#4. "RE: Buying a Camera" In response to Reply # 3
Fort Smith, US
I have used flim SLRs and DSLRs. I would consider myself an advanced amateur. My photography is generally everyday, nature especially birds, overall nature. I rarely shoot in low light. I currently do not have a camera or any lens, I am starting from scratch. Is want to build a small system.
#6. "RE: Buying a Camera" In response to Reply # 0
The kits (body + lens) are usually close to the same price for a body only. Therefore you are getting the 18-55mm VR for free or at a substancial discount compared to buying them separately. That said, getting the kit makes the most sense.
#7. "RE: Buying a Camera" In response to Reply # 0 Thu 29-Aug-13 06:09 PM by grnzbra
You are making a decision between the 3200 and 5100. You might want to check out one of the later additions to the "D5100 or D5200?" thread. In it, the poster mentions a blog where he compares a 5100 with a 5200. Since the 3200 seems to have a "better" sensor than the 5100, there may be other things better as well. He mentions a number of things that I have never seen discussed here. So you might want to make a note of these things and then do a comparison of the 3200 and 5100 based on these things. The 3200 might actually be a better choice than the 5100 even without considering any price difference.
As far as kit lenses go, the 18-55 that I got with my 5100 is a very nice lens. Some kits come with more than one lens.
What kind of birds do you want to shoot? Geese, hawks, eagles etc that are some distance away or small birds that are perched or flying. I use a 5100 with a Sigma 150-500 to shoot small birds flying toward a feeder. For this I zone focus and run the camera on full auto. There have been a number of times in which the bird's head was coming into the frame in one pic and his tail is flying out of the frame in the next pic. I understand the 3200 has a 5 fps rate while the 5100 has only 4 fps. That might make a difference in that situation. Also, with the higher pixel density of the 3200, you might be able to get away with a smaller lens and then crop tighter to get the same picture.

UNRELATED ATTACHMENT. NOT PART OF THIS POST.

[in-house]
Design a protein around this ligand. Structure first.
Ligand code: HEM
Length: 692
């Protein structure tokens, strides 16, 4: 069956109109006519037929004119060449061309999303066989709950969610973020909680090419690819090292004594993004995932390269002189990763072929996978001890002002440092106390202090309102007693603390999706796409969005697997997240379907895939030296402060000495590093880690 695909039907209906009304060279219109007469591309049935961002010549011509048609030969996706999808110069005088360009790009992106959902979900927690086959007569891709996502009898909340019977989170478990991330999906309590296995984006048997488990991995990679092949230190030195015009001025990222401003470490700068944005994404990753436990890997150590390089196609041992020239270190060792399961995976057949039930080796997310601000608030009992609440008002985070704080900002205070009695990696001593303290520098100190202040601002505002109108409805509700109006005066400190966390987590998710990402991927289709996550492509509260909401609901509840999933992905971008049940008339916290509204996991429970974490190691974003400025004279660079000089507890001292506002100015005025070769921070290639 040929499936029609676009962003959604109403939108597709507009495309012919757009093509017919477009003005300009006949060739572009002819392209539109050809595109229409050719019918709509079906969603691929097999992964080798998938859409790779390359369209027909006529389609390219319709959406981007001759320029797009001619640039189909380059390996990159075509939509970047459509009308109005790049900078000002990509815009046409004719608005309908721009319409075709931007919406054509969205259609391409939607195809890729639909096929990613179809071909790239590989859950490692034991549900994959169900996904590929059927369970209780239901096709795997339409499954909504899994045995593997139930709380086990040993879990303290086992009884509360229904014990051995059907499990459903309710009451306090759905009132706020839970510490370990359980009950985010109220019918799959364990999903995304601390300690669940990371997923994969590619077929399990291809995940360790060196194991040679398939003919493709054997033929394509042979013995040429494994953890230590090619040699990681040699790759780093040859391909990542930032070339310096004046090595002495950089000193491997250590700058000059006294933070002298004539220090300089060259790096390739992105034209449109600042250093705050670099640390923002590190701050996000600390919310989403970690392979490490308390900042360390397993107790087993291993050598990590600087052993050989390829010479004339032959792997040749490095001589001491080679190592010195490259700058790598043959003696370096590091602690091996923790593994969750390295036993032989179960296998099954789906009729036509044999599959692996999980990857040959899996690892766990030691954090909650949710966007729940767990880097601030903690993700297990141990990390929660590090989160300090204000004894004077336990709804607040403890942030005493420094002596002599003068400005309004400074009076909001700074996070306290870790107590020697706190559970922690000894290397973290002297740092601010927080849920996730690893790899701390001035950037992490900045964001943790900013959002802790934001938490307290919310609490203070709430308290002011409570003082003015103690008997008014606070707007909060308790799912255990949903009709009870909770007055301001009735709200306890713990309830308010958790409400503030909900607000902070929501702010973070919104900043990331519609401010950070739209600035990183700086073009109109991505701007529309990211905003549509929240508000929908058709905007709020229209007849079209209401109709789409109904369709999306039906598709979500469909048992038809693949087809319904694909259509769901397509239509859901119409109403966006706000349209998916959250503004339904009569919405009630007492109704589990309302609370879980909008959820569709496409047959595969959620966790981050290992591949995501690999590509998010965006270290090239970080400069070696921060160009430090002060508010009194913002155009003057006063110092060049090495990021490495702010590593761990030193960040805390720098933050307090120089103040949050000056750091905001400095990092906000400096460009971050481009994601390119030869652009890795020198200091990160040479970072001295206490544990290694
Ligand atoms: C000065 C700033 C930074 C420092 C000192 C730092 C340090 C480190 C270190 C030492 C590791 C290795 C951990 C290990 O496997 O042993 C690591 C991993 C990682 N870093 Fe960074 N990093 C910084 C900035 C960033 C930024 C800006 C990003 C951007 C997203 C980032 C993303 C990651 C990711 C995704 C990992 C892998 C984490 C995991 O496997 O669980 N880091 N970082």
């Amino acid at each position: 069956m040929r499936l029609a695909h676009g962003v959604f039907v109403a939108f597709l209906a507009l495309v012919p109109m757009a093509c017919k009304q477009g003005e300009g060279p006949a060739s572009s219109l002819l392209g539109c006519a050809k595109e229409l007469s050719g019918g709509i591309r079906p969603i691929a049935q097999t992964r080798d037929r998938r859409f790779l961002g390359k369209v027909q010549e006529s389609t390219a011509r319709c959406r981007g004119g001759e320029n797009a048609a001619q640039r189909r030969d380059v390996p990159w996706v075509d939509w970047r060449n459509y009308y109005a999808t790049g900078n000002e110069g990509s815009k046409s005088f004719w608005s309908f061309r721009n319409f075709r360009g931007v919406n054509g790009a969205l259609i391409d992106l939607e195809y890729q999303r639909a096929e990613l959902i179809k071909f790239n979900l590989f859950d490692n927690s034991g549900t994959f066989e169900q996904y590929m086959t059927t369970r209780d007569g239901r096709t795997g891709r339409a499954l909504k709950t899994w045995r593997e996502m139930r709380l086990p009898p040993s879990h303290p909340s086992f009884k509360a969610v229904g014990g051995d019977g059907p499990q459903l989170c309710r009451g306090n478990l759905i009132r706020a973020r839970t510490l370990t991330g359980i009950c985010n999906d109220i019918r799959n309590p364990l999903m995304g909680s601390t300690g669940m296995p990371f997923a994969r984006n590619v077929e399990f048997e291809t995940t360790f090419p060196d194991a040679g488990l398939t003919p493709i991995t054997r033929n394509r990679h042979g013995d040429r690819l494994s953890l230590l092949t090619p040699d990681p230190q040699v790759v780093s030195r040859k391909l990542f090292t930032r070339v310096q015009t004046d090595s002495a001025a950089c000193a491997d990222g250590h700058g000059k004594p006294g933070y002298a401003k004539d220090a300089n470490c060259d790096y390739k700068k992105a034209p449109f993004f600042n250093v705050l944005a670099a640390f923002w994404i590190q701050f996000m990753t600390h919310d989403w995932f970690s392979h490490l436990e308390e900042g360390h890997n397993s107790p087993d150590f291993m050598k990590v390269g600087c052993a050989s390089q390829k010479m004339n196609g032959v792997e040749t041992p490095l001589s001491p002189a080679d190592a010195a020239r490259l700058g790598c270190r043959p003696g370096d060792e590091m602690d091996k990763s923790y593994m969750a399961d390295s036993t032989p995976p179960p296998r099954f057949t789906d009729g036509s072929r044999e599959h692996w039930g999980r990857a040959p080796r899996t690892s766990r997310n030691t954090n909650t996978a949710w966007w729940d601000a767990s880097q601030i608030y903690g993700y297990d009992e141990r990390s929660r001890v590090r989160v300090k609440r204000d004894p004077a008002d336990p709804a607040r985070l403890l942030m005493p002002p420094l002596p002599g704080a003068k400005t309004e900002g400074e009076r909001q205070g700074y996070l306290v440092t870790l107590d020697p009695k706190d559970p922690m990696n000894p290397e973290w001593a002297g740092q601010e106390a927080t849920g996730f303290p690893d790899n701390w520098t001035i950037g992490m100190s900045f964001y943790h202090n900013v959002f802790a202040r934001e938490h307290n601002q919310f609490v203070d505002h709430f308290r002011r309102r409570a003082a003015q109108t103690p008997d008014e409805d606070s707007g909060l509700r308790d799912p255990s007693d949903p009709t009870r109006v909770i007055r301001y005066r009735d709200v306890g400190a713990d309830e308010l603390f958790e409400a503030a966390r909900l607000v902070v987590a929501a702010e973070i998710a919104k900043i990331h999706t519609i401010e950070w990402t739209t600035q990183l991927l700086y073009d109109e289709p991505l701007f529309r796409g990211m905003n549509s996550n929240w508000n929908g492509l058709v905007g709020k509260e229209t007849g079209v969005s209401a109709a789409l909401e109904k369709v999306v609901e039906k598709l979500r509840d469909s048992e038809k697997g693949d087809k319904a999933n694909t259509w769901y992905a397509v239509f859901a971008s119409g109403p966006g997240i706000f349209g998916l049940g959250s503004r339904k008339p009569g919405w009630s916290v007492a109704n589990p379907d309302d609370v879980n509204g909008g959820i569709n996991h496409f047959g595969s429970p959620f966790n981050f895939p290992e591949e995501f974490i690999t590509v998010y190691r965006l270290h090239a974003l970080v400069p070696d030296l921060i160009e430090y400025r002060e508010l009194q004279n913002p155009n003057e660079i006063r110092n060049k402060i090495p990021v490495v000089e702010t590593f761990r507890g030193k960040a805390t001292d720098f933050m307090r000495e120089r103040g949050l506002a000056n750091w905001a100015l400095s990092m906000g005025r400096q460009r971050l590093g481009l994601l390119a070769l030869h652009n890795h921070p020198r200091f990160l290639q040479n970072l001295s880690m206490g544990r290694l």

#8. "RE: Buying a Camera" In response to Reply # 0
Everyone will give you several ideas! But it mostly comes down to cost.
I'm enjoying my D3200 with my sigma 18-250mm lens. As a beginner I will say this that I find it a great camera for dslr beginners. For me the D5200 is also a great camera. I might suggest a package as buying everything individually can be pretty pricey.
#10. "RE: Buying a Camera" In response to Reply # 8
I would strongly recommend that you get the D3200.
For purposes of photographing birds, you will often NOT be able to get as close as you want. The larger number of pixels on the D3200 sensor will allow you to crop way down and still get a good image.
Also for birds you need really fast shutter speeds. Under ideal conditions you can get those, but with less than great light you will need to turn up the ISO to keep the shutter speed up. The D3200 has excellent high ISO performance.
As others said, the 18-55 mm kit lens is a great lens for general and landscape photography. The next lens I bought was the 55-300 and it is a good next step. It will allow you to zoom in on more distant landscape features that you can't get otherwise, and is also good for bird photography if you can get close enough. It's also nice for portraits at about 80-100 mm.
If you find that the 55-300 lens is not enough for your purposes, the Sigma 150-500 is a highly regarded birding lens at a moderate cost.
But my advice is to start with the basic lens and see where you are limited by it, then add as you see what will fit your photography style.
working on it in Middle TN Nikon D3100
35 mm 1.8 Nikkor 18-55 mm Nikkor VR 55-200 mm Nikkor VR 55-300 mm Nikkor VR 150-500 mm Sigma OS Feisol CT3471 & Markins M20 ballhead